2. Thanks for the level headed review. I laugh at people that see the name Governor and comment. What about the “Black Hawk” or some other stupid names in history. Who cares what the “marketing” people call it to compete with the Judge. The real important data is from people who have actually shot the weapon, not internet trolls. I bought the governor and even my small wife loves to shoot it. Very fun to shoot, versatile and serves a long list of roles. Also people who think a .410 shell is a pop gun need to reconsider. These PDX and 000 tungsten buckshots are nothing short of devastating to a chest sized target anywhere under 50 yards. At 25 yards these 410s tear a water filled metal bucket to shreds. The 45ACP Plus ammo in this 6 round reliable, simple, amateur friendly gun was very attractive and the Long Colt is great if I ever hike in bear country or want to kill and elephant. Glow in dark night sight is excellent, so is the grip and ergonomics. Crisp trigger and double action my wife has no trouble shooting with good accuracy. This gun far exceeds expectations at all the max distances in my home and yard. My wife can absolutely NAIL any target within 25 yards with a nice big pattern. The buckshoot opens to about fist size and penetrates much better than reviewers seem to realize on the web. I could care less about the name, this is one fantastic, very affordable, light weight but very capable belt monster. No hesitation replacing my home shotgun and my wife likes it better than anything I own. I may have to buy one with the laser grip for her. I never realized 110 pound female would take this gun away from me and reap havok on the firing range. 2-3/4″ barrel much more accurate than I expected. Even with the 410 defense shells I can hit things easy at 50 yards. VERY happy customer. Grew up with guns and hunting and I would recommend for a wide range of users.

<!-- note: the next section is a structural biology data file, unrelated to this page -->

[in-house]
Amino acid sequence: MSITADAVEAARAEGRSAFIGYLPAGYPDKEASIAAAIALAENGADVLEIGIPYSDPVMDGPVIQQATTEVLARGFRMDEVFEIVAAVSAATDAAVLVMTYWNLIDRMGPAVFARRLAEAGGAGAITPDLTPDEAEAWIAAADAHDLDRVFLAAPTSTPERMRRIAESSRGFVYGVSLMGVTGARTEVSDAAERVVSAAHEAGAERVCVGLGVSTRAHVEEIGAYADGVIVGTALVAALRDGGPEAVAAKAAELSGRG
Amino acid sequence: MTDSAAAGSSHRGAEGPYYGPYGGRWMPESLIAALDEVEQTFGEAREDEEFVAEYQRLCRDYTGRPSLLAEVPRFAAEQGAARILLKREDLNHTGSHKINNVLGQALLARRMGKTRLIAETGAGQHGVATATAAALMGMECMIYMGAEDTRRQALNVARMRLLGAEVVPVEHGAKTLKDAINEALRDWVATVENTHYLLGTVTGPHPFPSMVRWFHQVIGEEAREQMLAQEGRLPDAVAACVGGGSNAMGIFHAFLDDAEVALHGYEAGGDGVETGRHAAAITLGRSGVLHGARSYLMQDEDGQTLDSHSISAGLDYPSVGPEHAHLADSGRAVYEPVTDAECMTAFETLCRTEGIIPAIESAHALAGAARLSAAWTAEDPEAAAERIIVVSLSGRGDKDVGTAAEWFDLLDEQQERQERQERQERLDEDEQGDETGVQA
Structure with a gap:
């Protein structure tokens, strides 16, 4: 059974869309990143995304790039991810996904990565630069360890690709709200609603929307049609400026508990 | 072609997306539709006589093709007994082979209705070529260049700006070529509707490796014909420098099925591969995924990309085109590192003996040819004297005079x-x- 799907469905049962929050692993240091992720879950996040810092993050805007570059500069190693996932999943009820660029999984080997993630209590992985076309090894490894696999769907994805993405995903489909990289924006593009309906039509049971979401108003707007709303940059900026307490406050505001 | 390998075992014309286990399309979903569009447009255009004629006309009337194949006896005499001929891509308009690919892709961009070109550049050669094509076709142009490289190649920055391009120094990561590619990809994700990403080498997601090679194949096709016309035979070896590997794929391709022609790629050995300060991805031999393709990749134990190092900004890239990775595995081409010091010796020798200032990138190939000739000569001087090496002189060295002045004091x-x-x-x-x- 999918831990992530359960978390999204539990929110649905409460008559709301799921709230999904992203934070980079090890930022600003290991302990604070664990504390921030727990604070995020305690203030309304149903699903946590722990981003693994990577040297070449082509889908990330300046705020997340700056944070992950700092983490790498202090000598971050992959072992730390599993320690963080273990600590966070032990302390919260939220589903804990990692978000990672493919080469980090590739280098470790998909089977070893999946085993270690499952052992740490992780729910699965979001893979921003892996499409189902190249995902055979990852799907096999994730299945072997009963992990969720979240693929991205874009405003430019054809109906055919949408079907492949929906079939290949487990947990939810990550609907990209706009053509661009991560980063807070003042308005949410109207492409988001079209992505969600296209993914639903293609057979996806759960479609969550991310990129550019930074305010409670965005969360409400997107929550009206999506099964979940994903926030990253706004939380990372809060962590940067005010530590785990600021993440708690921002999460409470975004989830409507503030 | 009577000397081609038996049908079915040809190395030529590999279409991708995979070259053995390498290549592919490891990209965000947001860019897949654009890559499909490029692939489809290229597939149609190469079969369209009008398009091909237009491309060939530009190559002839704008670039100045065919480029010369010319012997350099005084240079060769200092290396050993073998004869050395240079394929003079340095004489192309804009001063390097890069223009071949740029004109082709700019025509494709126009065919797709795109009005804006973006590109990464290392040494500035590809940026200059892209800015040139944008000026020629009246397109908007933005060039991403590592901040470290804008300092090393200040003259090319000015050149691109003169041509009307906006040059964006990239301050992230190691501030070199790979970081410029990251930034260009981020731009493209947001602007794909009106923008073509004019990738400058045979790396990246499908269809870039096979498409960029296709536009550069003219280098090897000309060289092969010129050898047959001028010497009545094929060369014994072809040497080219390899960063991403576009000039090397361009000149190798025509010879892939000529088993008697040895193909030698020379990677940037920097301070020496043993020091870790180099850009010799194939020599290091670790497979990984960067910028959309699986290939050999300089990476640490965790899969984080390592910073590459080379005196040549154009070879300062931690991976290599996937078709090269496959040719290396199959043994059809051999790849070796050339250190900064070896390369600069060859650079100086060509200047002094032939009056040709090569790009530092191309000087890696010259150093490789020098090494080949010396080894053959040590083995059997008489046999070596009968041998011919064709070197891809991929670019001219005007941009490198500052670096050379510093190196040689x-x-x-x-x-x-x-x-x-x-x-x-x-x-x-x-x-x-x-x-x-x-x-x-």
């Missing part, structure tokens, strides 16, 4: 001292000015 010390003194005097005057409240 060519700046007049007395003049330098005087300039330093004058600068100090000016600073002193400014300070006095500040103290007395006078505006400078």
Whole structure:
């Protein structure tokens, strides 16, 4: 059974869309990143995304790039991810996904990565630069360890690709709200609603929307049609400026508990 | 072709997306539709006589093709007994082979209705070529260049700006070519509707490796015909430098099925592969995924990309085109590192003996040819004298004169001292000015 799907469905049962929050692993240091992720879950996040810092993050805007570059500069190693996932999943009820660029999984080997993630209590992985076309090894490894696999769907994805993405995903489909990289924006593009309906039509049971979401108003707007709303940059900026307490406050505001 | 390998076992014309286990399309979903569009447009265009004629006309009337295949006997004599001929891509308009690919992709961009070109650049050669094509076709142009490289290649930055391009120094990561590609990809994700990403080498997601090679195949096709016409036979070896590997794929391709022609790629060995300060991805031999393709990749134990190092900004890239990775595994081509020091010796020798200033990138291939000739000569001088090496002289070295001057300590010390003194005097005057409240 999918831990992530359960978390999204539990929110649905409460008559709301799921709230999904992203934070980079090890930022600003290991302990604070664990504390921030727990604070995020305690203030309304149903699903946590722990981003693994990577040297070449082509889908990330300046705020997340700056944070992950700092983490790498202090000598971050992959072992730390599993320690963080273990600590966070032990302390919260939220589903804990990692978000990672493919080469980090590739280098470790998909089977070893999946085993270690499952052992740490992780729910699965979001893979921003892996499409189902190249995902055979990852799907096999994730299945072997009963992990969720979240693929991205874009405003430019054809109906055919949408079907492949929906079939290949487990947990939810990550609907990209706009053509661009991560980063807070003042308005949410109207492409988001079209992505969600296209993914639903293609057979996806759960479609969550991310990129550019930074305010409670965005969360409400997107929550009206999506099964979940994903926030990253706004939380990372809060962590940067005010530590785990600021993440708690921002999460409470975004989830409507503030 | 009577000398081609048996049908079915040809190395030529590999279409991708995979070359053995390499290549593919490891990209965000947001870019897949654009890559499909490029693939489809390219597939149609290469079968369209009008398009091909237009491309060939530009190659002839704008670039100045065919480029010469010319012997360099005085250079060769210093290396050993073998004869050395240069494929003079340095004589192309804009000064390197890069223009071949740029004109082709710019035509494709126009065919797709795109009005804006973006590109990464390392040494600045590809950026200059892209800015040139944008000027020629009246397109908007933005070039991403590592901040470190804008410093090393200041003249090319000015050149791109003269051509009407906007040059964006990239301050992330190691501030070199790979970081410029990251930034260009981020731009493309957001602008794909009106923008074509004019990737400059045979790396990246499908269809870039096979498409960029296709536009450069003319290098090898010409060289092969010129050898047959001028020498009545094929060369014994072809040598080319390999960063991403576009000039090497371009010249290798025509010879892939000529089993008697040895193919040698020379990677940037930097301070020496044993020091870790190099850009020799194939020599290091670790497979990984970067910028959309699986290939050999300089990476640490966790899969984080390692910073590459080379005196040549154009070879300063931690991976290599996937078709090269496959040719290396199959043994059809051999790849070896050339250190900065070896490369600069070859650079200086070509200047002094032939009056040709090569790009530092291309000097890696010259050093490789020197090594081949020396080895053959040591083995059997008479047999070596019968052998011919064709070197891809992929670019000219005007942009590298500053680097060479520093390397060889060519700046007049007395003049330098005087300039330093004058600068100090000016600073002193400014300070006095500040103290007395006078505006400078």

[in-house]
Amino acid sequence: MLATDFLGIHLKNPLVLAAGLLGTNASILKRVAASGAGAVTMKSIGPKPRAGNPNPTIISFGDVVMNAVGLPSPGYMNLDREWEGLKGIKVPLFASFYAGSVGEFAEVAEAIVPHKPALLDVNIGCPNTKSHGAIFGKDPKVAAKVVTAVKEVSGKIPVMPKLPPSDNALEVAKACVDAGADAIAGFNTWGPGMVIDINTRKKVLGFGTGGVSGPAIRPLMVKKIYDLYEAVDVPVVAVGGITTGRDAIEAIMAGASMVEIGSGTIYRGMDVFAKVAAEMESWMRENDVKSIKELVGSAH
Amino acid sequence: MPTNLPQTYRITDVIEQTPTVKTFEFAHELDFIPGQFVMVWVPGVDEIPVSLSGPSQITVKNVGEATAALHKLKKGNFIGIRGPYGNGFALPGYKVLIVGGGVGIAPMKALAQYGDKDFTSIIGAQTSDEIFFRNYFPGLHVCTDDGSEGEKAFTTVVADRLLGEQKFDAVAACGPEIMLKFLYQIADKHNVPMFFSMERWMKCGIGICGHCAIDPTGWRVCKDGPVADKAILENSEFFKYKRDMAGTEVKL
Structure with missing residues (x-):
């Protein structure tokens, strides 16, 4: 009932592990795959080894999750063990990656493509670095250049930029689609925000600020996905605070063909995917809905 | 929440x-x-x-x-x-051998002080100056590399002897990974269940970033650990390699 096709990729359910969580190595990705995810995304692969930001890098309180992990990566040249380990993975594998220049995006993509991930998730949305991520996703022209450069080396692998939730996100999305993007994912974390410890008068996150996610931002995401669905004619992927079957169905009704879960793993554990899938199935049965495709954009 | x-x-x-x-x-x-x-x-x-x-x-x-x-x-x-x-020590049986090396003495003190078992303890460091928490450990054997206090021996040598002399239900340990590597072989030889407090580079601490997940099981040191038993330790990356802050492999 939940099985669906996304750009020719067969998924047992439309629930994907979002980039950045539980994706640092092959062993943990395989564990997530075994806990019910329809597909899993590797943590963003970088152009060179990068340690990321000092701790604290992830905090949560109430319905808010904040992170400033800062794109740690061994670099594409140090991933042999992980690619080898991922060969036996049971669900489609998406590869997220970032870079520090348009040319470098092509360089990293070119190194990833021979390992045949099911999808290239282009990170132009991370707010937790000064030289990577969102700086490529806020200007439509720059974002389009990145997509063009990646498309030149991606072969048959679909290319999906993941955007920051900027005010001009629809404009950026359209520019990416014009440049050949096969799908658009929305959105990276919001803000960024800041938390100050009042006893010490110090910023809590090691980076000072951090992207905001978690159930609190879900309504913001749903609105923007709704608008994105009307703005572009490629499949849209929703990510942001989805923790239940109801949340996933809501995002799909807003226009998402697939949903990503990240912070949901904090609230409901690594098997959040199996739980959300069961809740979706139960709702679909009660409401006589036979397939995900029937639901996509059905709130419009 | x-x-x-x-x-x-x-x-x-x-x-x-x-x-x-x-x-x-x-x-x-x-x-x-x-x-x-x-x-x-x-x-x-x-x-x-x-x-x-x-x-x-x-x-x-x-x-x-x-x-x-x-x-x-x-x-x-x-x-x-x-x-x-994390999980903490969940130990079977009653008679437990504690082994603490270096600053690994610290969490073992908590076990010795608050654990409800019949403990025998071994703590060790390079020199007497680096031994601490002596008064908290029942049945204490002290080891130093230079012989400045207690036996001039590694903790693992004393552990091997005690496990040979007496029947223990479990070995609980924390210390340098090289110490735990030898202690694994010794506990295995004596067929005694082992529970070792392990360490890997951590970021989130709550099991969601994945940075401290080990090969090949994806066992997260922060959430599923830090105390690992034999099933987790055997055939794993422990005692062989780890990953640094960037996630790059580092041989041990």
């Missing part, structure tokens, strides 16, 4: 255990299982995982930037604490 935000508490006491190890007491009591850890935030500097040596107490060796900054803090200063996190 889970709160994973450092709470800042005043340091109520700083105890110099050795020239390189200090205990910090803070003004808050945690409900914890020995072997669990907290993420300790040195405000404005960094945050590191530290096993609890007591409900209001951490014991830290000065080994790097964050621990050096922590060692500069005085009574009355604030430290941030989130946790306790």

3. I own a Taurus Judge with a 6″ barrel, using 2-1/2 .410 #7-1/2 birdshot, at just six feet the spread is nearly 3 feet wide. I can’t believe that anyone can get such as grouping as described above at 10 yards, (30 feet), especially with a 2-3/4″ barrel. At 10 yards, any critter would be more than safe, oh maybe one pellet might hit it but kill it, no way. At 10 yards, you’re talking about a 15′-30’+ spread of birdshot.